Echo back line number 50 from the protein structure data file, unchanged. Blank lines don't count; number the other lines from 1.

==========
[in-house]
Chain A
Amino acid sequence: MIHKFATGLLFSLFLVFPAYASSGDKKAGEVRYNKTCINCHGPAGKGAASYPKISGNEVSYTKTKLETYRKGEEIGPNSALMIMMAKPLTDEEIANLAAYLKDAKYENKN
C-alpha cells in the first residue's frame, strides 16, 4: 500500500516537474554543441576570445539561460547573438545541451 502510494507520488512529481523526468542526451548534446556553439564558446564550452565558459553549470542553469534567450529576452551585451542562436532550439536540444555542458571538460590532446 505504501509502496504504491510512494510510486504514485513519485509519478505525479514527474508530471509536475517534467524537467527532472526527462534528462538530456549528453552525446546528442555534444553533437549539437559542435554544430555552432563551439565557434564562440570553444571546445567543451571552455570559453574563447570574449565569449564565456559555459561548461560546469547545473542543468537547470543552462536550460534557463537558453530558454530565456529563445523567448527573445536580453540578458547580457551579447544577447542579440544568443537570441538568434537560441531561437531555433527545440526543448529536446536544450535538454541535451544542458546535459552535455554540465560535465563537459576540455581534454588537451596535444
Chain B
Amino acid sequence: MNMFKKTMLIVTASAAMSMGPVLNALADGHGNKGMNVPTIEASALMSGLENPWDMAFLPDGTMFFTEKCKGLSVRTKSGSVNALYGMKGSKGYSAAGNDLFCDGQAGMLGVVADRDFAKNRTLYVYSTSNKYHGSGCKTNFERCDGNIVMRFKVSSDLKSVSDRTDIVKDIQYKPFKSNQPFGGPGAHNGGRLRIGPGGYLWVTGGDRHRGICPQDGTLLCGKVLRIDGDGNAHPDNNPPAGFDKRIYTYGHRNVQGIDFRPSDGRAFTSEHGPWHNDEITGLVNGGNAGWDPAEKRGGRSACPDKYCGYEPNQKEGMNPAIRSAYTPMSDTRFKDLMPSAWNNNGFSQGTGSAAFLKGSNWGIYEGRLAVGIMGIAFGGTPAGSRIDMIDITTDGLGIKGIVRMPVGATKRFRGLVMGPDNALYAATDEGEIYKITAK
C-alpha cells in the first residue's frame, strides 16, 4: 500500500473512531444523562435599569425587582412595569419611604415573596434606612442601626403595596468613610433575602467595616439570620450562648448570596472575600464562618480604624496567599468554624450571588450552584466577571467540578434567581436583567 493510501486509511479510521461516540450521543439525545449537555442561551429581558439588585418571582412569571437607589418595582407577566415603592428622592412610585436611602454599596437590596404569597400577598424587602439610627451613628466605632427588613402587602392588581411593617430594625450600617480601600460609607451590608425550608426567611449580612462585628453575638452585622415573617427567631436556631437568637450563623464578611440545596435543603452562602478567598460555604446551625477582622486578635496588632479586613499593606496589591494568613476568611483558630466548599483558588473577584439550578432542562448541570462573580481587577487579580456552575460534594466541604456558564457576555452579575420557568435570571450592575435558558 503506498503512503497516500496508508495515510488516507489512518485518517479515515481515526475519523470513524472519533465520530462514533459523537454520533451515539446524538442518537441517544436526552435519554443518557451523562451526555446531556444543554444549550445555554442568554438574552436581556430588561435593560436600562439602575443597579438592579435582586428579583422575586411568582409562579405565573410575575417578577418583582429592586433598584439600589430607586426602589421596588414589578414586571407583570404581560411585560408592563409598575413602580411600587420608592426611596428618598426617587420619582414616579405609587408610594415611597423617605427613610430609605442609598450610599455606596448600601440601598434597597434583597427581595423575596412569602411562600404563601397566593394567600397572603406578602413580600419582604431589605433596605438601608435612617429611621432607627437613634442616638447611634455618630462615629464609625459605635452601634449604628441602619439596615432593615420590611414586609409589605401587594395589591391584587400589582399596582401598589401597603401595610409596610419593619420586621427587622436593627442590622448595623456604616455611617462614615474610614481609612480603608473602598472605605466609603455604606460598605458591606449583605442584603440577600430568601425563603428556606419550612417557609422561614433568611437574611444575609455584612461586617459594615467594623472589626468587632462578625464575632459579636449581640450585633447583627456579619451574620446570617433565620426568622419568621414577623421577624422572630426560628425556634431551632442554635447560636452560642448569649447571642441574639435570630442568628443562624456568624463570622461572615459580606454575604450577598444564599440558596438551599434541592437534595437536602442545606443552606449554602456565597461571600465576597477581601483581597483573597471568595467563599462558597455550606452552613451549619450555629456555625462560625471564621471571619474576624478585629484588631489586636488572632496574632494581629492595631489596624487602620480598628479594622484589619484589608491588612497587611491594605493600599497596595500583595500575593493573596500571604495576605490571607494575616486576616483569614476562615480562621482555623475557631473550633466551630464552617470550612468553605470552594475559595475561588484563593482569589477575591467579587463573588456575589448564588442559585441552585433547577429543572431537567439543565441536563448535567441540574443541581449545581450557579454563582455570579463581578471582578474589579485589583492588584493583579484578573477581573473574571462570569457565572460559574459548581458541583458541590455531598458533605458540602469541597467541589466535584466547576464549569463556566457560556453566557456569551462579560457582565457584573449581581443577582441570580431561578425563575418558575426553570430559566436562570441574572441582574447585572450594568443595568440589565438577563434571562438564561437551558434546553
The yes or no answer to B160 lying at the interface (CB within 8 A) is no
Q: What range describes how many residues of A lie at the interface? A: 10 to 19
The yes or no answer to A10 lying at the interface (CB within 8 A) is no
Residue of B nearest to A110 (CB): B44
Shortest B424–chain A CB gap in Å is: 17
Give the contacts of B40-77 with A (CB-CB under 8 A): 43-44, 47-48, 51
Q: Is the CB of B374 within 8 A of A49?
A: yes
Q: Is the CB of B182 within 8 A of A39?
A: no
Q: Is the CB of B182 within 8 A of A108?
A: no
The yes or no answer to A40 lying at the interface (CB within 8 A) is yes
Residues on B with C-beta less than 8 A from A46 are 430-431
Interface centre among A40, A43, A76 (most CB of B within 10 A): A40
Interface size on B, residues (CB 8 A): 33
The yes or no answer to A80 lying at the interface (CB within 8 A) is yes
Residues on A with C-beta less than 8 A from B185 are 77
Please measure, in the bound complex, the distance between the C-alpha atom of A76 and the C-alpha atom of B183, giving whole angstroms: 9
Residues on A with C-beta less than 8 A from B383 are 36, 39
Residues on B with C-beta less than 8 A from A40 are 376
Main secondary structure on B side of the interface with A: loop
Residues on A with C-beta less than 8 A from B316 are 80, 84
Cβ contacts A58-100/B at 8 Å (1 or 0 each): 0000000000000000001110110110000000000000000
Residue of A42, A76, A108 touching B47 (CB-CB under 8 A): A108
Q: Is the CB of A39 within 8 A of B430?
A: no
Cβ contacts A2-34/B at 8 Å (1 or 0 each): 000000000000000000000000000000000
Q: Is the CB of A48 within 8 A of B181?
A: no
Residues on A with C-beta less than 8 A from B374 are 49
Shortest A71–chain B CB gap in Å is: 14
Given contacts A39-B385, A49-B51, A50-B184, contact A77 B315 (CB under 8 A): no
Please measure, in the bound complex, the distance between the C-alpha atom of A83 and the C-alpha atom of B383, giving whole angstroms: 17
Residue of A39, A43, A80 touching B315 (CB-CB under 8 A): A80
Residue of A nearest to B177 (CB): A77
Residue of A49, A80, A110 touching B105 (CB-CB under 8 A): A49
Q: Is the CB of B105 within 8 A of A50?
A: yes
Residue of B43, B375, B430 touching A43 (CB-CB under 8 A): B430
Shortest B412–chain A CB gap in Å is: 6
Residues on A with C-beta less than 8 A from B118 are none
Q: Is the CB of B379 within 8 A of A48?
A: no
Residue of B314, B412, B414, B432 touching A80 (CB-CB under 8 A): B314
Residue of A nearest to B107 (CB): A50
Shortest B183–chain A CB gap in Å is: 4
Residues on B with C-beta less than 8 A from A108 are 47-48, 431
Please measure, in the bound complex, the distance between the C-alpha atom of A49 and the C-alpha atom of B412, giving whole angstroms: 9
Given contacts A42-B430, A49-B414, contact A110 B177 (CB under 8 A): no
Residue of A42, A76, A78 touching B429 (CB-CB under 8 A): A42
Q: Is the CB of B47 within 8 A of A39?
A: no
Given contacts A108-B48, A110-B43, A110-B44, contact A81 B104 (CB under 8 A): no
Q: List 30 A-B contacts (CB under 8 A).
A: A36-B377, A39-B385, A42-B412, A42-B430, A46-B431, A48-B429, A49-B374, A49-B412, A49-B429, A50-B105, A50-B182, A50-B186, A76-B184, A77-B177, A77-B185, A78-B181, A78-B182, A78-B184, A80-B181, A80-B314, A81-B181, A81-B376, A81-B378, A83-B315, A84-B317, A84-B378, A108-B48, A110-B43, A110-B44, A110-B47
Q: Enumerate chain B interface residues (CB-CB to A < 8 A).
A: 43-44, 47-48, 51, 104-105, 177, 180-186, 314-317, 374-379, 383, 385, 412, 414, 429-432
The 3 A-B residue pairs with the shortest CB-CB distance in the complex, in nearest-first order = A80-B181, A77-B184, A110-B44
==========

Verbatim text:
Q: Is the CB of B379 within 8 A of A48?